The record company said that 14 songs would be too long so I made it 13. I don't know exactly how long it is. Is it about 50 minutes or something? I do like those albums though that you play and you get to the end of it and it only seems as if 10 minutes as passed by.

Q: You've done a number of solo tours now....are you used to being the frontman?
A: Im still not very good at it. Im not that good at geeing up the crowd or talking to them. The audience has been quite quiet between songs and I like a cheeky audience so I can give them jip, but maybe we just get cheeky people in Manchester. I like sweaty little pubs which is what I did on the first tour and on this tour the audience have been a little too far away for my liking. We'll have to see how the Kaiser Chiefs dates go cos they're massive.

Q: Shouldn't it be the other way round - The Kaiser Chiefs supporting Graham Coxon?
A: Well that's what people are saying, but I don't see how it could be the other way round. They've sold millions of albums now haven't they.

Q: Are you a fan of the band at all?
A: (long long pause) yeah, they're fine. I'm still just a fan of the things I was a fan of when I was little really.

Q: Are there any new bands you like at all?
A: I like any of the Northern bands that are singing in a really Northern way. Everybody wherever they're from should be singing hell for leather in their own accents. That's why I like the Arctic Monkeys. And that and the fact they use words that are difficult for Americans to understand. And I try to use words that are difficult for Americans to understand, words that are from childhood. I don't know whether "dafter" has ever been used in a song and words like "flipping". They're good words to use and a code that unite the English British kids. Real English words and not buzz words. I don't think i'll ever write a song with the word "interactive" in it. Texting? Now texting is different. There's a kind of cultural pride.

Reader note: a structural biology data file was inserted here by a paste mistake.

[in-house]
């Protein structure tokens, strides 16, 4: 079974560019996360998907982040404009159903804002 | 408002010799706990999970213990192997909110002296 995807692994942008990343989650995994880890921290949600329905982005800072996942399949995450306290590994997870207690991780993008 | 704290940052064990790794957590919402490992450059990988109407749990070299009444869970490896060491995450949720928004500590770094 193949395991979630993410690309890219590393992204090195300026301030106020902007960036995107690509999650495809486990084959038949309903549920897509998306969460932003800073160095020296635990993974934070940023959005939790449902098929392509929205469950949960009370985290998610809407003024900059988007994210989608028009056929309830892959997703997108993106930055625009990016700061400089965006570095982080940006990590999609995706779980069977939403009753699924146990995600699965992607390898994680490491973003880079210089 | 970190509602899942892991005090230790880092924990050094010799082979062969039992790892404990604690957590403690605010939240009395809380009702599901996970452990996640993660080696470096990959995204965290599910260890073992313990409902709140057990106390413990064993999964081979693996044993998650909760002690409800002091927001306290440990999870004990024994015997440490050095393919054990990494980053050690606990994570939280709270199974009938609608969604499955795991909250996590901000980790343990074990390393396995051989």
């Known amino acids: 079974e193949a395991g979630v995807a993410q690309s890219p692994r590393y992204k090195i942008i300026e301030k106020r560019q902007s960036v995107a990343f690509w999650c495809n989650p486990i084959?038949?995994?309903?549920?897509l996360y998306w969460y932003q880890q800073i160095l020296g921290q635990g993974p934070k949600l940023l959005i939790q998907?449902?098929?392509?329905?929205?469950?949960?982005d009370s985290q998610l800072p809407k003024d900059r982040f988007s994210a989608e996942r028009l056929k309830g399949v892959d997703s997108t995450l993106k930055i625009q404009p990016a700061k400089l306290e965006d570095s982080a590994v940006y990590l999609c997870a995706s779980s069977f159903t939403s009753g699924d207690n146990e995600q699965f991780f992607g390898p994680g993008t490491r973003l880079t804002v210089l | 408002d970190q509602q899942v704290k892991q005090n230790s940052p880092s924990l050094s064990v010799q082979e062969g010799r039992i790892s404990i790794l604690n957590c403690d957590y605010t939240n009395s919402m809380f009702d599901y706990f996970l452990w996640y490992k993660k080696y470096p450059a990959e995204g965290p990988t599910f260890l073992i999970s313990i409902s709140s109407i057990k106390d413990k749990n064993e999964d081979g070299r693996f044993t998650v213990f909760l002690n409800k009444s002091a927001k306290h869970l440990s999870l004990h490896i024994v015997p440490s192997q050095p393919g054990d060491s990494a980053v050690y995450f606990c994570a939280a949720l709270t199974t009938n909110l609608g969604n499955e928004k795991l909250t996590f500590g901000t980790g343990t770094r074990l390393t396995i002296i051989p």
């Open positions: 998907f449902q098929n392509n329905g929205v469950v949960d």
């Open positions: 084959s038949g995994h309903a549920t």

Q: What word have you been trying for years to put in a song?
A: There's lot of them isn't there. Deacon - you could call someone a deacon in a song. I just like all those words we used to call each other when we were kids. Nowadays everybody just uses these American words don't they. They're so boring. I'd rather just use funny English words. Its much more fun, although some of that street language is quite funny though innit. What is (puts on bad jamaican accent) "gwarning" and "butters man". It's quite nice. That is the British new way of speaking...that ruuuuddde boy thing.

Alex McCann
Photos: Karen McBride

The album "Love Travels At Illegal Speeds" is out now
"You And I" the single is out now
Graham Coxon plays European and Japanese dates over the summer
For more information